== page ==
Son of Karsten Niebuhr, he was born at Copenhagen. From the earliest age young Niebuhr manifested extraordinary precocity, and from 1794 to 1796, being already a finished classical scholar and acquainted with several modern languages, he studied at the University of Kiel. After quitting the university he became private secretary to Count Schimmelmann, Danish minister of finance. But in 1798 he gave up this appointment and travelled in Great Britain, spending a year at Edinburgh studying agriculture and physical science.
In 1799 he returned to Denmark, where he entered the state service; in 1800 he married and settled at Copenhagen. In 1804 he became chief director of the National Bank, but in September 1806 quitted this for a similar appointment in Prussia. He arrived in Prussia on the eve of the catastrophe of Jena. He accompanied the fugitive government to Königsberg, where he rendered considerable service in the commissariat, and was afterwards still more useful as commissioner of the national debt and by his opposition to ill-considered schemes of taxation. He was also for a short time Prussian minister in the Netherlands, where he endeavoured without success to contract a loan. The extreme sensitiveness of his temperament, however, disqualified him for politics; he proved impracticable in his relations with Hardenberg and other ministers, and in 1810 retired for a time from public life, accepting the more congenial appointment of royal historiographer and professor at the university of Berlin.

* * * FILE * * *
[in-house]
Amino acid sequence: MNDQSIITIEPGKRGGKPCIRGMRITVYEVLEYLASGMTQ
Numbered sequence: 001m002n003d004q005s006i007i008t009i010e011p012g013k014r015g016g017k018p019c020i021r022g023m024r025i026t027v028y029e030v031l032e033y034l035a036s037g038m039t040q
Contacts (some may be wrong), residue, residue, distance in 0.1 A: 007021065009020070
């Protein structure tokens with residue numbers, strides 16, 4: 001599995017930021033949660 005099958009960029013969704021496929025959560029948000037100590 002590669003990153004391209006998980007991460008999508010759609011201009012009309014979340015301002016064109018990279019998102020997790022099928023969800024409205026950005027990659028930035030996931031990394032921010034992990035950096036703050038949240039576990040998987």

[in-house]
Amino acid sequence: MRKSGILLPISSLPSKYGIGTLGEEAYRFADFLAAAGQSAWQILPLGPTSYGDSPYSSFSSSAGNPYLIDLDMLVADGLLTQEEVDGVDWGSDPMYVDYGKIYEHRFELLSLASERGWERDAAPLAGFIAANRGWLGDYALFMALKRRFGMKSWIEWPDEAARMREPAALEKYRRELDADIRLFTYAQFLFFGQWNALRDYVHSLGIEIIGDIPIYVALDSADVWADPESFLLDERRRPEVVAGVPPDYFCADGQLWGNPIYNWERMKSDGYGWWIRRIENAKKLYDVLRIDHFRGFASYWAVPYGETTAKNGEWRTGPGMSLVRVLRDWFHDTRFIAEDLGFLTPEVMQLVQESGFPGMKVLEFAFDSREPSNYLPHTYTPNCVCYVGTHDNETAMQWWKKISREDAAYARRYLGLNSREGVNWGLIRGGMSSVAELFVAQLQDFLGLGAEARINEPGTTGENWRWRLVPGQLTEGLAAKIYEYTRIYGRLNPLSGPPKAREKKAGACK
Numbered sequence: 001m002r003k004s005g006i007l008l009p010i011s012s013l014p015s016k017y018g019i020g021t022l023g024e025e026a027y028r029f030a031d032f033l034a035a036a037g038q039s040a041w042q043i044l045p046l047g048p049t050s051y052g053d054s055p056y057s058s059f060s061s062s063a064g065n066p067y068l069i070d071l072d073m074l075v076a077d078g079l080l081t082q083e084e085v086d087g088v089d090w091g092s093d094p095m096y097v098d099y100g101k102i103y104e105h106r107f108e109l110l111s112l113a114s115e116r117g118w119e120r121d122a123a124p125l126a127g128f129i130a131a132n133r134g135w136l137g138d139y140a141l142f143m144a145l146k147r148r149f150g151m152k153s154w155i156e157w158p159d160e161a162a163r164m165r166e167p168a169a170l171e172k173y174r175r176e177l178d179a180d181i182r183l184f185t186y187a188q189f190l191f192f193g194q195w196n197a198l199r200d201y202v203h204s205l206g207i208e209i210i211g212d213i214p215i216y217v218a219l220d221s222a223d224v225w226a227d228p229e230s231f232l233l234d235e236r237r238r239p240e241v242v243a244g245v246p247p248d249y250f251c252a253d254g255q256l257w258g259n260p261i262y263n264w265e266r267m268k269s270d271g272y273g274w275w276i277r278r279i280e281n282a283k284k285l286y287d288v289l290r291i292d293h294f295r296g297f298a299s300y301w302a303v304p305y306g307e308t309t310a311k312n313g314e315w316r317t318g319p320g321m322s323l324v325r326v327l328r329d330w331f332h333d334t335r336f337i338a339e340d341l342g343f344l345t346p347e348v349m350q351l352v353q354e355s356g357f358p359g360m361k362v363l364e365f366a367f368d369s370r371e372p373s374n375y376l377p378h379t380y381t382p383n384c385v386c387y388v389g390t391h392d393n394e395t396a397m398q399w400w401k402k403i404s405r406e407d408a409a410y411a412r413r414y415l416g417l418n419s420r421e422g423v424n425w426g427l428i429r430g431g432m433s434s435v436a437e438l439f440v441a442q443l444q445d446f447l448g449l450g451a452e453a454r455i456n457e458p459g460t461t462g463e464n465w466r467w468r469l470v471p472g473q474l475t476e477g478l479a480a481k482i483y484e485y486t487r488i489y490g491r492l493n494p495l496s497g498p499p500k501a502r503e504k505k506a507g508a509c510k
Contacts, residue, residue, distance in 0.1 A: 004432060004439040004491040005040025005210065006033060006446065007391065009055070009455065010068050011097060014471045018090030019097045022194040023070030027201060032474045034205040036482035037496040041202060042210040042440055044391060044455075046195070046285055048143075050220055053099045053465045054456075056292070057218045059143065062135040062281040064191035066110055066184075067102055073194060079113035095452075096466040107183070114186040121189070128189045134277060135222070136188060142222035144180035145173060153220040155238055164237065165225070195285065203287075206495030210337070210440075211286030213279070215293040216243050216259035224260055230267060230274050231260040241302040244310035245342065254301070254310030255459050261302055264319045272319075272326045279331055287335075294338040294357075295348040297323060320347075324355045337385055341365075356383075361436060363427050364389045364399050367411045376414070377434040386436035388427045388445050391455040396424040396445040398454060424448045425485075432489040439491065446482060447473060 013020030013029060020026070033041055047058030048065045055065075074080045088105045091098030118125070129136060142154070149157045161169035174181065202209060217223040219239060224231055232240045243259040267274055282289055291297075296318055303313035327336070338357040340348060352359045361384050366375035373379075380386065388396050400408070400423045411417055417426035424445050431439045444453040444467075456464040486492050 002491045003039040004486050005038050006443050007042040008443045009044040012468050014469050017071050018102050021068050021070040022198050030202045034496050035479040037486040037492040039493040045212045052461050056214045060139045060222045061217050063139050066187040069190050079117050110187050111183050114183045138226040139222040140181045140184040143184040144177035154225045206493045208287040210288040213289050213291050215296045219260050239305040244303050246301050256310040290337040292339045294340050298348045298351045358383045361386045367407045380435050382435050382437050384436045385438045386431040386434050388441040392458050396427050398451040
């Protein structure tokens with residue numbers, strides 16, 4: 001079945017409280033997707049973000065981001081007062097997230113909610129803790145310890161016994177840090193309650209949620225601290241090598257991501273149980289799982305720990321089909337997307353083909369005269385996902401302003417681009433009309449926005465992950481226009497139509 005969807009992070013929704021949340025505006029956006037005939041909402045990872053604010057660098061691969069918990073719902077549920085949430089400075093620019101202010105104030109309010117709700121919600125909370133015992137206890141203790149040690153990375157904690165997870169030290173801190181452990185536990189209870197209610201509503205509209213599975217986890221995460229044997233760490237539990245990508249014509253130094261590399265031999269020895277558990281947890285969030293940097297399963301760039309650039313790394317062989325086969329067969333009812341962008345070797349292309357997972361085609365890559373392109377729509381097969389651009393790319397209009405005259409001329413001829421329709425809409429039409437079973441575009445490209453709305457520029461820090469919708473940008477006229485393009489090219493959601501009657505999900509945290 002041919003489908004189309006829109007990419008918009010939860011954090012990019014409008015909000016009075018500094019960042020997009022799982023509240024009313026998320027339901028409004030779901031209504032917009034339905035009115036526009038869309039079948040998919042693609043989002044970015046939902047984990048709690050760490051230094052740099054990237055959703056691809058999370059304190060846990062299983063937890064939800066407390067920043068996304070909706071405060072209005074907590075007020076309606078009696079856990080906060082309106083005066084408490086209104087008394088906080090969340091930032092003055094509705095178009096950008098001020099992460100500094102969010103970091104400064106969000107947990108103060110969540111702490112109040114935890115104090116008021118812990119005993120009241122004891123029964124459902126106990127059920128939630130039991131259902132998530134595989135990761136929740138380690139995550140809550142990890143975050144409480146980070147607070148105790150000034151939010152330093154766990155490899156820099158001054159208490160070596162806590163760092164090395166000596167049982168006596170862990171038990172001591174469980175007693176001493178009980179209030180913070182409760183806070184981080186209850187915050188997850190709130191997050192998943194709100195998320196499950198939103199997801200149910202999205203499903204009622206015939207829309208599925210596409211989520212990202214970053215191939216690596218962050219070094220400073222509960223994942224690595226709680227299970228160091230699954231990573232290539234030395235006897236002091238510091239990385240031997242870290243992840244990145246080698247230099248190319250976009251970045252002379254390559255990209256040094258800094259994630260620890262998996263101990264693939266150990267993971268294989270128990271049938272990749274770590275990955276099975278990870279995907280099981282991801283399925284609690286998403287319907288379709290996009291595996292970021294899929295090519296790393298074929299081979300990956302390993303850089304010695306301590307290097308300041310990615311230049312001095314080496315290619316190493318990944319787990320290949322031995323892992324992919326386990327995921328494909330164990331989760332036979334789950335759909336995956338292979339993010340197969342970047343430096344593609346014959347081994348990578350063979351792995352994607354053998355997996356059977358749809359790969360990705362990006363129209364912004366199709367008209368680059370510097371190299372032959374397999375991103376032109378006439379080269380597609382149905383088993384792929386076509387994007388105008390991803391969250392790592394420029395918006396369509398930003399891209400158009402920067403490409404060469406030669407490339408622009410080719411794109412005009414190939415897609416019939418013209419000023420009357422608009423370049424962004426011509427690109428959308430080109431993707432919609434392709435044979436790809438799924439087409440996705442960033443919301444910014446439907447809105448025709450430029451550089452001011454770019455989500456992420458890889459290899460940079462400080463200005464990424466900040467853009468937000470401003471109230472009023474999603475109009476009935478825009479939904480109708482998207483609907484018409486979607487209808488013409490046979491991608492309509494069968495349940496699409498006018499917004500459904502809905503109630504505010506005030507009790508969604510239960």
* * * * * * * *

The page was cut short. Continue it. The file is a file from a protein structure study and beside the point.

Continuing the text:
He commenced his lectures with a course on the history of Rome, which formed the basis of his great work Römische Geschichte. The first two volumes, based upon his lectures, were published in 1812, but attracted little attention at the time owing to the absorbing interest of political events. In 1813 Niebuhr's own attention was diverted from history by the uprising of the German people against Napoleon; he entered the Landwehr and ineffectually sought admission into the regular army. He edited for a short time a patriotic journal, the Prussian Correspondent, joined the headquarters of the allied sovereigns, and witnessed the battle of Bautzen, and was subsequently employed in some minor negotiations. In 1815 he lost both his father and his wife.
He next accepted (1816) the post of ambassador at Rome, and on his way thither he discovered in the cathedral library of Verona the long-lost Institutes of Gaius, afterwards edited by Savigny, to whom he communicated the discovery under the impression that he had found a portion of Ulpian. During his residence in Rome Niebuhr discovered and published fragments of Cicero and Livy, aided Cardinal Mai in his edition of Cicero De Republica, and shared in framing the plan of the great work (name?) on the topography of ancient Rome by Christian CJ von Bunsen and Ernst Platner (1773-1855), to which he contributed several chapters.